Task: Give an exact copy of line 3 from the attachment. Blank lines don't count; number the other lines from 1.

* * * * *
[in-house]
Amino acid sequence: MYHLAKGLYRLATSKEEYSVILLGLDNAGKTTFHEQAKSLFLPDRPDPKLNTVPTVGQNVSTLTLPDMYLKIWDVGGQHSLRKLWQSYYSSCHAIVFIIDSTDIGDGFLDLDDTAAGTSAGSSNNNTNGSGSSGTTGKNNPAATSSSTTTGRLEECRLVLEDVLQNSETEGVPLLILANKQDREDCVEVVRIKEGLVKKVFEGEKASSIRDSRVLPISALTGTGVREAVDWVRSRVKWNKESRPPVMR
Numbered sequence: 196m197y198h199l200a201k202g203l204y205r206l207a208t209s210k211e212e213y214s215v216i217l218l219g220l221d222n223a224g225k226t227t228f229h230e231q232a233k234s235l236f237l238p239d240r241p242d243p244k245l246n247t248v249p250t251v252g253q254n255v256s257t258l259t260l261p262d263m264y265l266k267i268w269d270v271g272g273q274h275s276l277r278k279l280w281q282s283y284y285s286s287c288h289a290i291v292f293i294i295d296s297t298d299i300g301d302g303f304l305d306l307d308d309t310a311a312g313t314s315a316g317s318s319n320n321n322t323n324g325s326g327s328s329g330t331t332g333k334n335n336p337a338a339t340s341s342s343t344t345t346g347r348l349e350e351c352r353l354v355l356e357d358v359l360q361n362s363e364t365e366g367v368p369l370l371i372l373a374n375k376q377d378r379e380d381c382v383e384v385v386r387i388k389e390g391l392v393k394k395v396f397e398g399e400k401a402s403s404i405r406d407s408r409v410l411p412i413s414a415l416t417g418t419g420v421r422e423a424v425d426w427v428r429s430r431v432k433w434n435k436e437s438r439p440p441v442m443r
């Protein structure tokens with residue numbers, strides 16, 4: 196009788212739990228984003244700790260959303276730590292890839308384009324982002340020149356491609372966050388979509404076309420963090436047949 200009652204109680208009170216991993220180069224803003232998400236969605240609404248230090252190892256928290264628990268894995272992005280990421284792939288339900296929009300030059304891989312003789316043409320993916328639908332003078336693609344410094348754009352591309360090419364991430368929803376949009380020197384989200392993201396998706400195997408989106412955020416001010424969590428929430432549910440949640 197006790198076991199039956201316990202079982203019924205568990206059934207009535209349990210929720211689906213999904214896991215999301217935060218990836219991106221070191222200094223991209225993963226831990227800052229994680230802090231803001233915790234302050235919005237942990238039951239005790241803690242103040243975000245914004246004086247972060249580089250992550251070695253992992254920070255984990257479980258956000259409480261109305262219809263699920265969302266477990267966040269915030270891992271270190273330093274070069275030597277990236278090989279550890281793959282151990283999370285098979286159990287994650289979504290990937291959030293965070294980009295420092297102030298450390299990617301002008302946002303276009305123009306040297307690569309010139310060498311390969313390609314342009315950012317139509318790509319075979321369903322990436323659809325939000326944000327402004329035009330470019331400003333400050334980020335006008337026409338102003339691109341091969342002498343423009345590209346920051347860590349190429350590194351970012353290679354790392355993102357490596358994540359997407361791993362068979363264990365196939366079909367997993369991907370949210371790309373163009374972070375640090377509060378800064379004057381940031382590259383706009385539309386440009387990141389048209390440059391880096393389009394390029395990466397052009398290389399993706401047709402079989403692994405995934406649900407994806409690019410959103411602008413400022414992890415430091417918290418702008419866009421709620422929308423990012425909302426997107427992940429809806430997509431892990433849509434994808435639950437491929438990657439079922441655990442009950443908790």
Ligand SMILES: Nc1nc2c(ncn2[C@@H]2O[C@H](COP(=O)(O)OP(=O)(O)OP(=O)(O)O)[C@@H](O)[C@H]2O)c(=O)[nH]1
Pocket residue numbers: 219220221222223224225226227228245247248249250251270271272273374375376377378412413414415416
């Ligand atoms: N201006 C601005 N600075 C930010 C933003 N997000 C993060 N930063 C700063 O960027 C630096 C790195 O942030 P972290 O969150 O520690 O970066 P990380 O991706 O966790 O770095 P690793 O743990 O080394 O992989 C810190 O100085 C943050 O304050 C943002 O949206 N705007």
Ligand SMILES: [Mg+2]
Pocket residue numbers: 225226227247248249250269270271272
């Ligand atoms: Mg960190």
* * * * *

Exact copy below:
Numbered sequence: 196m197y198h199l200a201k202g203l204y205r206l207a208t209s210k211e212e213y214s215v216i217l218l219g220l221d222n223a224g225k226t227t228f229h230e231q232a233k234s235l236f237l238p239d240r241p242d243p244k245l246n247t248v249p250t251v252g253q254n255v256s257t258l259t260l261p262d263m264y265l266k267i268w269d270v271g272g273q274h275s276l277r278k279l280w281q282s283y284y285s286s287c288h289a290i291v292f293i294i295d296s297t298d299i300g301d302g303f304l305d306l307d308d309t310a311a312g313t314s315a316g317s318s319n320n321n322t323n324g325s326g327s328s329g330t331t332g333k334n335n336p337a338a339t340s341s342s343t344t345t346g347r348l349e350e351c352r353l354v355l356e357d358v359l360q361n362s363e364t365e366g367v368p369l370l371i372l373a374n375k376q377d378r379e380d381c382v383e384v385v386r387i388k389e390g391l392v393k394k395v396f397e398g399e400k401a402s403s404i405r406d407s408r409v410l411p412i413s414a415l416t417g418t419g420v421r422e423a424v425d426w427v428r429s430r431v432k433w434n435k436e437s438r439p440p441v442m443r